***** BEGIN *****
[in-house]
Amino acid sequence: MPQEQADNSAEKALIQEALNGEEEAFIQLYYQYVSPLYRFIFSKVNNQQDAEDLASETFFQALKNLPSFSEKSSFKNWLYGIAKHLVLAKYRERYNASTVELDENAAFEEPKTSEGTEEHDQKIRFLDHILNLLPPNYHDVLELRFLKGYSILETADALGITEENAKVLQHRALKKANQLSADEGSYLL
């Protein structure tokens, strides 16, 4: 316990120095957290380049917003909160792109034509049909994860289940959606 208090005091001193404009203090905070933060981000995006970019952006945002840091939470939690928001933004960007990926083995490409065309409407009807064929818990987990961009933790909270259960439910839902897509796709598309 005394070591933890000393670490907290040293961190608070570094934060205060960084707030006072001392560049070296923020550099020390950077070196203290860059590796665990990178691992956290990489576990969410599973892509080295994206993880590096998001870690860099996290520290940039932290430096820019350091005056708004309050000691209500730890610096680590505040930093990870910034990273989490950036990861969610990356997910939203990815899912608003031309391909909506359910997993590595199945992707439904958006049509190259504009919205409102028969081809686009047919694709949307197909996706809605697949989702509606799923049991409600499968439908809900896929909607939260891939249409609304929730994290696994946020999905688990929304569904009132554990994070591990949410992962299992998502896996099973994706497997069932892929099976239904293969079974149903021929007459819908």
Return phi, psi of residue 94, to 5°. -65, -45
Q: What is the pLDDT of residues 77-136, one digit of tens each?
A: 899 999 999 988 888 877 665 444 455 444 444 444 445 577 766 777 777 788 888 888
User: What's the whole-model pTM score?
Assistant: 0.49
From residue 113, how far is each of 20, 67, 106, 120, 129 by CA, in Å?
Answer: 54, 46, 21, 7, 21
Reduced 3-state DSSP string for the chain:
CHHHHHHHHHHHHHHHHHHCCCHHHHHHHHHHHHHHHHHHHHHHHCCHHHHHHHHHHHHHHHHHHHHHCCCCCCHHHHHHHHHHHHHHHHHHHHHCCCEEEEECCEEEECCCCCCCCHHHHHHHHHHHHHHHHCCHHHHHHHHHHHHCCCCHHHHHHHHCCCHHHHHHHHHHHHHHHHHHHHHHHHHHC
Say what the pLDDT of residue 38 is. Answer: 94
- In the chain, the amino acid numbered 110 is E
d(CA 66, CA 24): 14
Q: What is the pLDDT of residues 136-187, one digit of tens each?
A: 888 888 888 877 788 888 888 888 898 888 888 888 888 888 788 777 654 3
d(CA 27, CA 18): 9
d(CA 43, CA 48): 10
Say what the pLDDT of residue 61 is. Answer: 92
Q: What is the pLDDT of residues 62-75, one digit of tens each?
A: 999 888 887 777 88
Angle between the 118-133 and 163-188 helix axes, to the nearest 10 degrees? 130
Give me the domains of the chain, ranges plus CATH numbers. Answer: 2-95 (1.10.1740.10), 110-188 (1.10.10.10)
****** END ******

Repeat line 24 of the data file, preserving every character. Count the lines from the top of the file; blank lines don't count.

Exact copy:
Give me the domains of the chain, ranges plus CATH numbers. Answer: 2-95 (1.10.1740.10), 110-188 (1.10.10.10)